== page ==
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DALLAS, Tuesday, November 7, 2000: Jean Hill has passed away today.

Jean HillJean Hill, the "woman in red" made famous by her appearance in a bright
red coat the Zapruder film and Oliver Stone's "JFK" died early today
after being rushed to the hospital from her home. Her cause of death is
not yet known. A mother and school teacher at the time of the JFK
assassination, Hill had been in poor health the last few years.

Hill, standing on Elm Street next to her friend Mary Moorman, was only a
few feet from the presidential limousine and was one of the closest
witnesses to the assassination of President Kennedy and the wounding of
Governor Connally. Both heard the shots and saw the President react. In
her autobiography, "Jean Hill: The Last Dissenting Witness," (by Bill
Sloan with Jean Hill, Slone Hill, 1992) she wrote, "Then the president
looked up and just about that time he grabbed himself across the chest
He fell toward Jackie across the seat. Jackie said, 'My God, they,ve
shot him,, and she fell across him." Moorman,s Polaroid photo became one
of the most widely published still photographs to capture the
assassination.

Contrary to the official version of events, Hill claimed to hear four to
six shots and she also alleged she saw a man running up the hill across
from where she stood. That area is now referred to as the grassy knoll.
Thinking this man could be the shooter, she ran across the street and
joined others searching behind the wooden fence.

After the assassination Hill was interviewed by both print and
television media at times with embarrassing results. Her statement of
seeing "a little white dog" in the rear seat with the President and Mrs.
Kennedy was actually her attempt to explain something she caught just a
glimpse of. Because there was no dog in the car later newsmen and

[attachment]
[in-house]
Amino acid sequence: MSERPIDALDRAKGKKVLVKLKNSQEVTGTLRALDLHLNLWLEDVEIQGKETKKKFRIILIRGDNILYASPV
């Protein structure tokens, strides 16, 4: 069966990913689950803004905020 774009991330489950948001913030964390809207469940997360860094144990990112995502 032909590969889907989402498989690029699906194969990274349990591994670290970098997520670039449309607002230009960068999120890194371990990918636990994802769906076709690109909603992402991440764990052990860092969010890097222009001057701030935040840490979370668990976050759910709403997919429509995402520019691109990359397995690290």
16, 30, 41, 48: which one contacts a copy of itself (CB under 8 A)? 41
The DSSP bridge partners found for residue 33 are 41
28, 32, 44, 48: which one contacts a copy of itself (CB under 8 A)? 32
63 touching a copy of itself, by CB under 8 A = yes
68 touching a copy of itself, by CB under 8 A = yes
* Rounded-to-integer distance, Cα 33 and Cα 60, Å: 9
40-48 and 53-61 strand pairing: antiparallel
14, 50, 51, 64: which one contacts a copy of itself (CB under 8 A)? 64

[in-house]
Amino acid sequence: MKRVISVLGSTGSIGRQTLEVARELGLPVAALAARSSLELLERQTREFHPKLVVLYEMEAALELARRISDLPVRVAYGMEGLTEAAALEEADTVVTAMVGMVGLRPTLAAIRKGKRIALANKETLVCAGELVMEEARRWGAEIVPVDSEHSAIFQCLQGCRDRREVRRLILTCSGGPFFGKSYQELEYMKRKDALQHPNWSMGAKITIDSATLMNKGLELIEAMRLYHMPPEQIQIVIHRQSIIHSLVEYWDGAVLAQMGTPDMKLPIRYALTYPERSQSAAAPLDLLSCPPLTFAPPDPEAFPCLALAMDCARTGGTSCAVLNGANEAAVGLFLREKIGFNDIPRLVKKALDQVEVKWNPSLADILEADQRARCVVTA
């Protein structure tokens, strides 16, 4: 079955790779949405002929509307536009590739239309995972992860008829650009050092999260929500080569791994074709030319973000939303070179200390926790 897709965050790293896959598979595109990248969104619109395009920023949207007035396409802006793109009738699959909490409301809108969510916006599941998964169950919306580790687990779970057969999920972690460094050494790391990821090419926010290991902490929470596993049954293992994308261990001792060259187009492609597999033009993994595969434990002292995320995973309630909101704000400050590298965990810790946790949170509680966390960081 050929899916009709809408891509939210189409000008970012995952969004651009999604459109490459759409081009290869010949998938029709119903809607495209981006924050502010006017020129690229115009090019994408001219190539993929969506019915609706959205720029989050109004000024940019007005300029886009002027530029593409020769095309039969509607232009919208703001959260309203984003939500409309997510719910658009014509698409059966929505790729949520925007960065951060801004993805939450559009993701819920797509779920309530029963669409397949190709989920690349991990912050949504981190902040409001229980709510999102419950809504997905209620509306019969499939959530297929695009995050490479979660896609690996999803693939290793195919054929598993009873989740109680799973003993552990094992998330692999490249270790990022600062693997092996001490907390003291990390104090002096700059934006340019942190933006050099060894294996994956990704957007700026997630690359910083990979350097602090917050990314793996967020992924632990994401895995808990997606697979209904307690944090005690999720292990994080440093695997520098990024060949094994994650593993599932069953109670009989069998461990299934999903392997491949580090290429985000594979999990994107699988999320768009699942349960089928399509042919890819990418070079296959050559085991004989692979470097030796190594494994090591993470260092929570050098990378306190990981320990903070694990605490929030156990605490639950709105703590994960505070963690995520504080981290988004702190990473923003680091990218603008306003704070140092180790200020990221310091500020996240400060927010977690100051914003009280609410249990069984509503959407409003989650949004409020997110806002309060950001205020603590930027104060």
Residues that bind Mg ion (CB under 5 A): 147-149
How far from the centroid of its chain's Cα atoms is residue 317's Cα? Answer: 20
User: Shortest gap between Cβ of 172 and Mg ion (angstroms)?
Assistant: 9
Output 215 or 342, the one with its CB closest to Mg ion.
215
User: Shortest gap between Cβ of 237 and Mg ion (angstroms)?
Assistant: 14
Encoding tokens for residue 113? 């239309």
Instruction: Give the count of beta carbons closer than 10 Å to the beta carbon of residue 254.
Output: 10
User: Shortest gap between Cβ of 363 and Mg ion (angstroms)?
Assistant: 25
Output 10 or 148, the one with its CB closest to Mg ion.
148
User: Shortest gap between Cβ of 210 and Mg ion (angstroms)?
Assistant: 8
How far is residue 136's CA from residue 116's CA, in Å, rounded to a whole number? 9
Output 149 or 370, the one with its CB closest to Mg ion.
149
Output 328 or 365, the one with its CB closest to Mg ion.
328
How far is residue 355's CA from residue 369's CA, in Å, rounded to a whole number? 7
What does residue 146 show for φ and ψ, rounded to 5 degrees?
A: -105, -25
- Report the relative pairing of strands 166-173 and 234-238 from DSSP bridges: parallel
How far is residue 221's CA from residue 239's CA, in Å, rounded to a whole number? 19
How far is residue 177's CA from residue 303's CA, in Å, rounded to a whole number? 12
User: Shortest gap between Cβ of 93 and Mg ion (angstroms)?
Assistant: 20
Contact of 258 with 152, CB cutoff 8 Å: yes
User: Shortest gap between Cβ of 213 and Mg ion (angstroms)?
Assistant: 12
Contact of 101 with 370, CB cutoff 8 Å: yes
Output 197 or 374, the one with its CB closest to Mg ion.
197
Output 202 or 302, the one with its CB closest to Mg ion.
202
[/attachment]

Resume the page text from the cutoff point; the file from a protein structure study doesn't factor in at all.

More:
assassination researchers would ridicule her account. However, it was
learned, more than twenty-five years later, that a small white stuffed
animal was on the back seat. A child had presented Jackie Kennedy with a
stuffed animal similar to Shari Lewis' Lamb Chop.

To another reporter she gave her home address on national television not
realizing it would be broadcast around the world.

After refusing to travel to Washington to testify for the Warren
Commission, Hill finally agreed to be interviewed in Dallas then
withdrew for many years. She seldom agreed to speak of her experiences.
In fact, not until 1990 when author Jim Marrs contacted her did she
agree to meet with him and director Oliver Stone and relate her story.
Stone went on to use Hill as one of the main characters in his film and
along with the film,s leading man, Kevin Costner, became a fan of Hill,s
charming but feisty personality.

Always dressed in red, in the last few years Hill would speak at student
gatherings and attend JFK assassination events. Fearlessly, Hill would
tell each interviewer, "All I know is I heard more than three shots and
at least one of them came from behind the fence at the top of the
knoll."

Hill is survived by a son, Billy, and a daughter, Jeanne. Funeral
arrangement information will be forthcoming.

Debra Conway
copyright 2000 JFK Lancer
949-699-2744


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